Surfing Saltburn, North-East England


I’ve wanted to give it a go for ages. Myth and legend say that surfing is perhaps the most demanding of all sports, and I was keen to see how it compares with stand up paddleboarding.

Yorkshire and North-East England is blessed with a variety of surf spots, with slow beach breaks for beginners, and secret heavy reefs concealed within the myriad nooks and crannies of this historic coast; the boyhood home of groundbreaking British explorer, Captain James Cook.


Saltburn-by-the-Sea, one of the UK’s finest surfing destinations and recent host to the UK Pro Surf Championships, is also home to Flow Surf School, operated by local expert Richie Mitchell from the back of his vintage VW camper.

Flow has a reputation for excellent tuition, delivered by Richie, whose expertise has been gained through many years’ surfing the world’s oceans.

Joining four other relative ‘kooks’, who squeezed into their winter wetsuits with varying degrees of exertion; we padded down to the sands, boards under our arms, much to the incredulity of the scarfed and gloved passers-by, who no doubt thought we were all slightly mad.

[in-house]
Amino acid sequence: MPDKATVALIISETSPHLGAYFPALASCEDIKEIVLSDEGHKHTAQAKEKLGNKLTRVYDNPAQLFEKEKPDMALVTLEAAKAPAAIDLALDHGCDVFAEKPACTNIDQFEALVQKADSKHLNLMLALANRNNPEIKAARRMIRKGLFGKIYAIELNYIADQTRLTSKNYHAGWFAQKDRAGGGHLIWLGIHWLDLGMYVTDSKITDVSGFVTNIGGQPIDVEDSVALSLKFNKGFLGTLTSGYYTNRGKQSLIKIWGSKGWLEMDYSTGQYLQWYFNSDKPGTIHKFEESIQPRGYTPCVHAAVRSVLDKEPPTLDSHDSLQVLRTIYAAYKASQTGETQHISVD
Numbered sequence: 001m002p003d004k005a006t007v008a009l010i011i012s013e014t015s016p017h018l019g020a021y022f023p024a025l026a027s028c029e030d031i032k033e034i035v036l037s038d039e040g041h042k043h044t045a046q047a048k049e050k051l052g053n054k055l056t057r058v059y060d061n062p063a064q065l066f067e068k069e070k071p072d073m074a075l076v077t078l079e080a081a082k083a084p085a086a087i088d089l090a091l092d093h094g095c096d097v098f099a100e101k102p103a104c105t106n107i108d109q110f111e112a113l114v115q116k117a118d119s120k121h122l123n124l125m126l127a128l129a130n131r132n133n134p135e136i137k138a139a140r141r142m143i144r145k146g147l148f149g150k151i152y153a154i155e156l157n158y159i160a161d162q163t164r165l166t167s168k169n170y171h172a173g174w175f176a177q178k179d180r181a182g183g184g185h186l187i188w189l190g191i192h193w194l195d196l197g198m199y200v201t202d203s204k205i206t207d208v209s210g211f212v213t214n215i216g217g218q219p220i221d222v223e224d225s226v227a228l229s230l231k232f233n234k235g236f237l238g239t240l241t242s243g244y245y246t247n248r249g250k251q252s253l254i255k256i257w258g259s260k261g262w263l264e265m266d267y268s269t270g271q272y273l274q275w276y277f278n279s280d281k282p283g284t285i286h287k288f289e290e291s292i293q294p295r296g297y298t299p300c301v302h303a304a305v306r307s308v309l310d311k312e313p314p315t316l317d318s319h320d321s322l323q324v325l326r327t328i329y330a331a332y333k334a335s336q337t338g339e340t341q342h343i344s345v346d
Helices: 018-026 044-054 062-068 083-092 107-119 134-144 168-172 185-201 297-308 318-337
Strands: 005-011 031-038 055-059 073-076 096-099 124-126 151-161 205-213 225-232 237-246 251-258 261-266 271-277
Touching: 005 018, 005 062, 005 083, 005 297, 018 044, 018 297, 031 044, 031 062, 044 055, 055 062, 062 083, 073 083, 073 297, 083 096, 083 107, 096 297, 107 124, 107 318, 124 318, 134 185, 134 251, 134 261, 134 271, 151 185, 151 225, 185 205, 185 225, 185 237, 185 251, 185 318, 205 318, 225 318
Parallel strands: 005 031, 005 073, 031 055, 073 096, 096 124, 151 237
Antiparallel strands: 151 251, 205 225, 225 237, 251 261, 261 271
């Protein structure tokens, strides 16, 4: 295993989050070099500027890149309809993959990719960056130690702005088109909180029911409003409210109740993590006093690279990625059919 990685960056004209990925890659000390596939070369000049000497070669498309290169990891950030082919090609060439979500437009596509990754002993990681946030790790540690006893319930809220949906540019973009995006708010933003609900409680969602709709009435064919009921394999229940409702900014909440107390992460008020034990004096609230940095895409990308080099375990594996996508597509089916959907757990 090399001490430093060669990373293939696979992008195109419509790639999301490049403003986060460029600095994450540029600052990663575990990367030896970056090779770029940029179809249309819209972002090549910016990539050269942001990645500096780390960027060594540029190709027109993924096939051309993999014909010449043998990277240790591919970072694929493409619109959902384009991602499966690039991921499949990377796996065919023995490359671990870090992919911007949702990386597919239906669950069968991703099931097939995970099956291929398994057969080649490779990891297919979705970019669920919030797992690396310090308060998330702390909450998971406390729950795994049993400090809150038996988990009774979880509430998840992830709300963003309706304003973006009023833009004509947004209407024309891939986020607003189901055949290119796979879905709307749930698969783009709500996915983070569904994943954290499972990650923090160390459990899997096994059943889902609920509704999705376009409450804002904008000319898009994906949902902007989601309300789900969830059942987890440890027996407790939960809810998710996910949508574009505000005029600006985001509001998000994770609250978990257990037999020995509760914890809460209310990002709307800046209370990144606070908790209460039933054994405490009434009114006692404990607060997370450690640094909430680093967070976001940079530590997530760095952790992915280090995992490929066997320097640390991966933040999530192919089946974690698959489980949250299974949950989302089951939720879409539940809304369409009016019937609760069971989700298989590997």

After a brief safety talk, where qualified lifeguard Richie advised us how to avoid being swept along the beach by the lateral rip and how not to get wrapped around the pier, we were quickly in the water.


I was amazed to find that throughout the two hour session, in the notoriously fresh North Sea, I stayed pretty warm. In fact, I was colder walking through the supermarket chiller aisle while shopping for the evening’s dinner.

And I managed to do far more surfing than I ever imagined; paddling into waves, popping up and riding towards the beach again and again.


Having little idea what time it was as the sun finally sank beneath the swell, we returned to the van, soaked yet exhilarated.

I think I might be hooked!



5 thoughts on “Surfing Saltburn, North-East England

  1. Hello Dina 🙂 I’m very well thank you, I managed to avoid last week’s surge! I was keeping a close eye on the Norfolk Coast; it is sad that some homes and many seals have been lost. I hope you haven’t been affected. Ben

  2. Pingback: The beauty spots of northeast England | travelola

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